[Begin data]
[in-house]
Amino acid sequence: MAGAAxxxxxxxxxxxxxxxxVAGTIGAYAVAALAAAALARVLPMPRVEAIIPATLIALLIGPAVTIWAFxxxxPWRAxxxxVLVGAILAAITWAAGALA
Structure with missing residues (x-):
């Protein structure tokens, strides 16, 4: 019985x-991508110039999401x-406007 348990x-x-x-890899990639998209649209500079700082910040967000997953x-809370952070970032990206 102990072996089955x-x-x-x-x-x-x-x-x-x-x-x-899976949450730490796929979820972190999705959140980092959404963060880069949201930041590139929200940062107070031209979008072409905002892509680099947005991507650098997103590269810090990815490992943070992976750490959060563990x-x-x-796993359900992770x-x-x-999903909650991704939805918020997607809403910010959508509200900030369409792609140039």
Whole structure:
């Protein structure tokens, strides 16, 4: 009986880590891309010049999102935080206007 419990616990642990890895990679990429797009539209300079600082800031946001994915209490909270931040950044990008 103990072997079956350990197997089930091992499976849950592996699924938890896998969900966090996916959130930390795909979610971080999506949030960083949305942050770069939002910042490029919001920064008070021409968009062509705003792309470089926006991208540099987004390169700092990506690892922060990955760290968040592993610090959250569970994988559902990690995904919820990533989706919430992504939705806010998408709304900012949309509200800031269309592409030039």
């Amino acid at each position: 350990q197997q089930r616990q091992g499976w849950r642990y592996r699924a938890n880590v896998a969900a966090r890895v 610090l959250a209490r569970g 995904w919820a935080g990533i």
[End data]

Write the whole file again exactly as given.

[in-house]
Amino acid sequence: MAGAAxxxxxxxxxxxxxxxxVAGTIGAYAVAALAAAALARVLPMPRVEAIIPATLIALLIGPAVTIWAFxxxxPWRAxxxxVLVGAILAAITWAAGALA
Structure with missing residues (x-):
């Protein structure tokens, strides 16, 4: 019985x-991508110039999401x-406007 348990x-x-x-890899990639998209649209500079700082910040967000997953x-809370952070970032990206 102990072996089955x-x-x-x-x-x-x-x-x-x-x-x-899976949450730490796929979820972190999705959140980092959404963060880069949201930041590139929200940062107070031209979008072409905002892509680099947005991507650098997103590269810090990815490992943070992976750490959060563990x-x-x-796993359900992770x-x-x-999903909650991704939805918020997607809403910010959508509200900030369409792609140039």
Whole structure:
């Protein structure tokens, strides 16, 4: 009986880590891309010049999102935080206007 419990616990642990890895990679990429797009539209300079600082800031946001994915209490909270931040950044990008 103990072997079956350990197997089930091992499976849950592996699924938890896998969900966090996916959130930390795909979610971080999506949030960083949305942050770069939002910042490029919001920064008070021409968009062509705003792309470089926006991208540099987004390169700092990506690892922060990955760290968040592993610090959250569970994988559902990690995904919820990533989706919430992504939705806010998408709304900012949309509200800031269309592409030039």
């Amino acid at each position: 350990q197997q089930r616990q091992g499976w849950r642990y592996r699924a938890n880590v896998a969900a966090r890895v 610090l959250a209490r569970g 995904w919820a935080g990533i």